In a letter to Director Mark Calabria, 17 organizations requested an additional 60 days to weigh in on the proposal meant to strengthen Fannie Mae and Freddie Mac's balance sheets post-conservatorship.
Mesaba, which is also based in Minnesota, is the parent of American Bank of the North and Lake Bank.
June 29, 2020
Many economists and bankruptcy lawyers expect a wave of bankruptcies coming this year.
Giant bankruptcies of companies that owe more than $100 million, are up 40% from a year ago, which means they are up 120% from 2018. Chapter 11 bankruptcies of all kinds have increased 20% since last year. This is obviously traumatic for the people who work at those companies but there is a silver lining.
“It’s an overstatement to say that bankruptcy is this deeply undesirable thing,” said Jared Ellias, professor of law at UC Hastings College of Law.
“One of the great things that happens after bankruptcy is a company leaves, and they’re hopefully positioned to thrive,” he said.
The post COVID-19 economy is going to be very different and a lot of businesses will need to radically reinvent and reinvest in themselves in order to adapt. Chapter 11 bankruptcy lets companies do that. Which is why Ellias and a group of academics are concerned that if there are too many bankruptcies, the courts might get overwhelmed and companies won’t get the help they need.
“When a company is in financial trouble, they can’t invest, they can’t hire, they can’t give people pay raises, they can’t do the things that businesses need to do to be attractive places to work,” Ellias said.
So if you slow down the process of transformation, it slows down the entire economy.
Read More from: Shenwick & Associates
Wei Ke, partner at Simon-Kucher & Partners, shares research and analysis from a recent consumer survey on branch versus digital banking behaviors after the coronavirus lockdowns are over.
On 25 June 2020 the Corporate Insolvency and Governance Act received Royal Assent, making some of the biggest changes to UK insolvency laws in the last 30 years. We have written several blogs covering the changes and how they help support distressed businesses, impact suppliers, lenders and other third parties and have tracked the changes through the UK parliament.
Largely because of the need to implement temporary changes to help support business in distressed as a result of COVID-19 the Bill was fast tracked through parliament leaving limited time for scrutiny and change. There are powers in the Act to enable quick changes to the Act, if the procedures don’t work as intended. These will enable loop holes to be closed and gaps to be filled.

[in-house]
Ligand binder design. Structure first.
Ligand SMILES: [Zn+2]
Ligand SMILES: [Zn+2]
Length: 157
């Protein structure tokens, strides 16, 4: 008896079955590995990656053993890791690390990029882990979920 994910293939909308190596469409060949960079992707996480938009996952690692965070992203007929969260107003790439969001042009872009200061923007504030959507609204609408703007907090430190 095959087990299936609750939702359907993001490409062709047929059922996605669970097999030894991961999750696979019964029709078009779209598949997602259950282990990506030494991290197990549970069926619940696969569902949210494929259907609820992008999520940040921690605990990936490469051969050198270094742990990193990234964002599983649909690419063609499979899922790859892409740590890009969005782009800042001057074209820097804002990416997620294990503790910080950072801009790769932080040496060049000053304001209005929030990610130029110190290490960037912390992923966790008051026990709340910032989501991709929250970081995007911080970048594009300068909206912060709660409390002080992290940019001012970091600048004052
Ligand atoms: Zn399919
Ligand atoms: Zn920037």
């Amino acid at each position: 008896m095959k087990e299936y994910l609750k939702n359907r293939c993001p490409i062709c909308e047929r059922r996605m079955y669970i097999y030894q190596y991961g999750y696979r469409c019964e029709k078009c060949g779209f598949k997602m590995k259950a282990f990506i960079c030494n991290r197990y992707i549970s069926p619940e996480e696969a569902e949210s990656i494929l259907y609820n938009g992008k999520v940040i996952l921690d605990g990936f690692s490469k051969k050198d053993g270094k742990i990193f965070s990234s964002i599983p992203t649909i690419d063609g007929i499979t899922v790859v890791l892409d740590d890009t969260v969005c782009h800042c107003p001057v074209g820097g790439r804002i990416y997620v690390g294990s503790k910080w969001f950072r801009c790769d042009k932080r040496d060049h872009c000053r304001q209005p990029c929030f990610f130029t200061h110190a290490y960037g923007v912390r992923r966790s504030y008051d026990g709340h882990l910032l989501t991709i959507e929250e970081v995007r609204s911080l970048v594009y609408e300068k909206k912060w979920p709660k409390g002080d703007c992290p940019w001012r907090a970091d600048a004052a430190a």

Read More from: eSQUIRE Global Crossings
Read More from: The Ponzi Blog
The extension to Aug. 8 was offered by Senator Ben Cardin, a Maryland Democrat, and cleared the chamber by unanimous consent. The House has yet to take up the bill but could pass it as soon as Tuesday night.
Reading Cooperative Bank recently launched a program that aims to hire young Black and Hispanic adults from low-income communities. Its leaders say it’s part of a broad strategy to develop new pipelines of talent and better serve low-income communities.
Federal Reserve Chairman Jerome Powell said about 300 lenders have signed on to the program and that the central bank is committed to making adjustments that could attract more borrowers.
Chris Dodd and Barney Frank said the legislation — nearing its 10th anniversary — put banks in position to be a stabilizing force during the coronavirus crisis.
Six of the eight regional banks that announced their stress capital buffers on Tuesday said they will need just a 2.5% cushion to weather an economic downturn. All eight said they’ll keep their dividends steady.
Lenders are selling their Paycheck Protection Program loans or hiring outside companies to navigate the process in an effort to reduce risk and avoid overloading their employees.